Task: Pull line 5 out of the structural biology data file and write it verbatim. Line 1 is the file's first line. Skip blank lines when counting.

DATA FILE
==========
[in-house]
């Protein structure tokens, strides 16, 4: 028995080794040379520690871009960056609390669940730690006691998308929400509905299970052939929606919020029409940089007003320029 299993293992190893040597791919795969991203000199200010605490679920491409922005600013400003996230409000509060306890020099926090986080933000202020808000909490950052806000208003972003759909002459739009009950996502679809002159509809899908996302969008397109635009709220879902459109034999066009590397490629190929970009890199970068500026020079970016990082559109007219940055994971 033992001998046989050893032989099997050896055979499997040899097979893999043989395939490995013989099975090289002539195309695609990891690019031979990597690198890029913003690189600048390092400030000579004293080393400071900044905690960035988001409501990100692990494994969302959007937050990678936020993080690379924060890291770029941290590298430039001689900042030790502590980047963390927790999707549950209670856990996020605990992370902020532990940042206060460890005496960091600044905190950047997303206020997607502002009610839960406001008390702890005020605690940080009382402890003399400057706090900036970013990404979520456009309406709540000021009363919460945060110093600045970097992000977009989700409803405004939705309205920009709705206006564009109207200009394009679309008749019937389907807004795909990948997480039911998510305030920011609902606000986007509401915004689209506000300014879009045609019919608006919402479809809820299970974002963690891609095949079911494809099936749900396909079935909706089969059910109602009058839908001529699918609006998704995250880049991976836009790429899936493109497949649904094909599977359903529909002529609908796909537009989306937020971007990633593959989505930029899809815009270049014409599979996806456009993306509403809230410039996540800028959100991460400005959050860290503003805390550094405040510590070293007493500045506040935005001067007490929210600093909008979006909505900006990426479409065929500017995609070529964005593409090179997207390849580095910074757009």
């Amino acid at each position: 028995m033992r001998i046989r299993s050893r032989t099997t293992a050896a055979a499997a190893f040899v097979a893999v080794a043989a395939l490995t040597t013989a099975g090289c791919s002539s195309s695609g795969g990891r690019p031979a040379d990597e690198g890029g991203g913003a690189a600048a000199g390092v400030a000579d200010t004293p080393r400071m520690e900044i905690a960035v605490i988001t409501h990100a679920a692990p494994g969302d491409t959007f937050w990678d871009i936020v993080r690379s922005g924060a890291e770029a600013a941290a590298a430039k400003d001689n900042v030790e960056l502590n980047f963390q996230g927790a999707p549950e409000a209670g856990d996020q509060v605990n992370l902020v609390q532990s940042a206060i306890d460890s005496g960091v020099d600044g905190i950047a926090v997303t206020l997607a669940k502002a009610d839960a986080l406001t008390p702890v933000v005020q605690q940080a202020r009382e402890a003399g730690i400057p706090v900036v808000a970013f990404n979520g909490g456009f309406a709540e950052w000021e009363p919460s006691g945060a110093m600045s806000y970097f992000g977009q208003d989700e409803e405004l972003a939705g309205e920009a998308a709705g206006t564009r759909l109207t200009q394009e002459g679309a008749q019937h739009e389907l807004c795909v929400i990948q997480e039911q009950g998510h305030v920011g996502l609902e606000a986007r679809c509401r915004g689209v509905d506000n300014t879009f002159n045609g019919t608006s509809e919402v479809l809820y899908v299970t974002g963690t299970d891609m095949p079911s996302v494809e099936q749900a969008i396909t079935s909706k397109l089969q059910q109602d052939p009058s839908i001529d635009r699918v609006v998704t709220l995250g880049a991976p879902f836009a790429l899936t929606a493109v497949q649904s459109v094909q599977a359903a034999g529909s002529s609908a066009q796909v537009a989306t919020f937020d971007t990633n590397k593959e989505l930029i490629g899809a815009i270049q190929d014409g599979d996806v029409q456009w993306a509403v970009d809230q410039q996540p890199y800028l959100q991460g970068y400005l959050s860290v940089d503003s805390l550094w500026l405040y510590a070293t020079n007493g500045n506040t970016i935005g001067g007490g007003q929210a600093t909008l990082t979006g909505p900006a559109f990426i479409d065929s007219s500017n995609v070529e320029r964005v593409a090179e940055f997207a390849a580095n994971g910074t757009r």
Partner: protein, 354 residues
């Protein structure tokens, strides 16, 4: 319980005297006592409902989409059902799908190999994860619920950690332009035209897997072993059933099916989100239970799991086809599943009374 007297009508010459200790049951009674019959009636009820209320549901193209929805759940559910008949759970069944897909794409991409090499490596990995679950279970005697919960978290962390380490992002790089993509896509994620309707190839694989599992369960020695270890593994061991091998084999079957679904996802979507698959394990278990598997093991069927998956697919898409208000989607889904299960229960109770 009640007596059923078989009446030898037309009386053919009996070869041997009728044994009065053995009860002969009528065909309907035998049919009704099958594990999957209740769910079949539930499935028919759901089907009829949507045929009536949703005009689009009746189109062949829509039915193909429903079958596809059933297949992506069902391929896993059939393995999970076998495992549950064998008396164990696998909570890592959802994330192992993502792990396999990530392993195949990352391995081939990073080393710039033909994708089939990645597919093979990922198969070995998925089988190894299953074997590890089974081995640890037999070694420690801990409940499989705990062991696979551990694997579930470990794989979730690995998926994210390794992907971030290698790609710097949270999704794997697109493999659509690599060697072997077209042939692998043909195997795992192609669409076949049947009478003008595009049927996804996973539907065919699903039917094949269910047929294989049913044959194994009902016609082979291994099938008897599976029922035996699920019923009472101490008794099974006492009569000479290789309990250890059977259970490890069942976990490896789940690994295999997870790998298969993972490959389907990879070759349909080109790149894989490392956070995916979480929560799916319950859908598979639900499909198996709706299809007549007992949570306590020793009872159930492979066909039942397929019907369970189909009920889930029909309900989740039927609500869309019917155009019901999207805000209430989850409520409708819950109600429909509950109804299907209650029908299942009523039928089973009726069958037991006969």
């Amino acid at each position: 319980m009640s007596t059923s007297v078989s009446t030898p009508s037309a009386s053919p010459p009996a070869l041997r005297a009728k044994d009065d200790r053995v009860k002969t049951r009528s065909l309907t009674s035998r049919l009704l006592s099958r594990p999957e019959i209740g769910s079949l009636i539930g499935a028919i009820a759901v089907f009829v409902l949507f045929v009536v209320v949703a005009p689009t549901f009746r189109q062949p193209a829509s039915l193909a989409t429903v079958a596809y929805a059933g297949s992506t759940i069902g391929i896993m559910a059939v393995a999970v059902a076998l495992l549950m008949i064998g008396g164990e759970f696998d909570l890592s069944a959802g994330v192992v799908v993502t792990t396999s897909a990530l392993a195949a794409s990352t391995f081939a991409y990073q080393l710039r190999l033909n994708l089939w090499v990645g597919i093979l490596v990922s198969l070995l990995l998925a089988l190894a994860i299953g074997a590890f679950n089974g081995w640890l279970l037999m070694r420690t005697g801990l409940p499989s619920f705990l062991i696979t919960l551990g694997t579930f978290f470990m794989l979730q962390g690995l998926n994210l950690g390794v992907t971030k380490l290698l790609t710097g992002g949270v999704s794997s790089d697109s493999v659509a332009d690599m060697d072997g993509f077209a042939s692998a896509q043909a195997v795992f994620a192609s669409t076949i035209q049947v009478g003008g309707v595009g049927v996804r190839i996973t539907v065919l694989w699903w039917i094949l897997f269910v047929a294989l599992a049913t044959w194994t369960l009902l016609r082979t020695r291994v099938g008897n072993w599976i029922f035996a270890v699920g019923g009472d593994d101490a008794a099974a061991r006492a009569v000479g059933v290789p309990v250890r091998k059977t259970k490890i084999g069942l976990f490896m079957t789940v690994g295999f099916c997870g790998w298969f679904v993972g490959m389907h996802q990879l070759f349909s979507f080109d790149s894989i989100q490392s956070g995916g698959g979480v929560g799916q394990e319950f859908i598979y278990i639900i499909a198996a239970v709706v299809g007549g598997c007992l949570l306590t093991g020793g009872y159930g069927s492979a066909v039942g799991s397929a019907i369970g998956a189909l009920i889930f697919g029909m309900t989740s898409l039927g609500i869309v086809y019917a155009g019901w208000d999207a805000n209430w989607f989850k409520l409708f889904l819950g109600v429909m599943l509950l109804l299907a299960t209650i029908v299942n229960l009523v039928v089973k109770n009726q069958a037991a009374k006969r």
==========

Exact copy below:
């Protein structure tokens, strides 16, 4: 319980005297006592409902989409059902799908190999994860619920950690332009035209897997072993059933099916989100239970799991086809599943009374 007297009508010459200790049951009674019959009636009820209320549901193209929805759940559910008949759970069944897909794409991409090499490596990995679950279970005697919960978290962390380490992002790089993509896509994620309707190839694989599992369960020695270890593994061991091998084999079957679904996802979507698959394990278990598997093991069927998956697919898409208000989607889904299960229960109770 009640007596059923078989009446030898037309009386053919009996070869041997009728044994009065053995009860002969009528065909309907035998049919009704099958594990999957209740769910079949539930499935028919759901089907009829949507045929009536949703005009689009009746189109062949829509039915193909429903079958596809059933297949992506069902391929896993059939393995999970076998495992549950064998008396164990696998909570890592959802994330192992993502792990396999990530392993195949990352391995081939990073080393710039033909994708089939990645597919093979990922198969070995998925089988190894299953074997590890089974081995640890037999070694420690801990409940499989705990062991696979551990694997579930470990794989979730690995998926994210390794992907971030290698790609710097949270999704794997697109493999659509690599060697072997077209042939692998043909195997795992192609669409076949049947009478003008595009049927996804996973539907065919699903039917094949269910047929294989049913044959194994009902016609082979291994099938008897599976029922035996699920019923009472101490008794099974006492009569000479290789309990250890059977259970490890069942976990490896789940690994295999997870790998298969993972490959389907990879070759349909080109790149894989490392956070995916979480929560799916319950859908598979639900499909198996709706299809007549007992949570306590020793009872159930492979066909039942397929019907369970189909009920889930029909309900989740039927609500869309019917155009019901999207805000209430989850409520409708819950109600429909509950109804299907209650029908299942009523039928089973009726069958037991006969």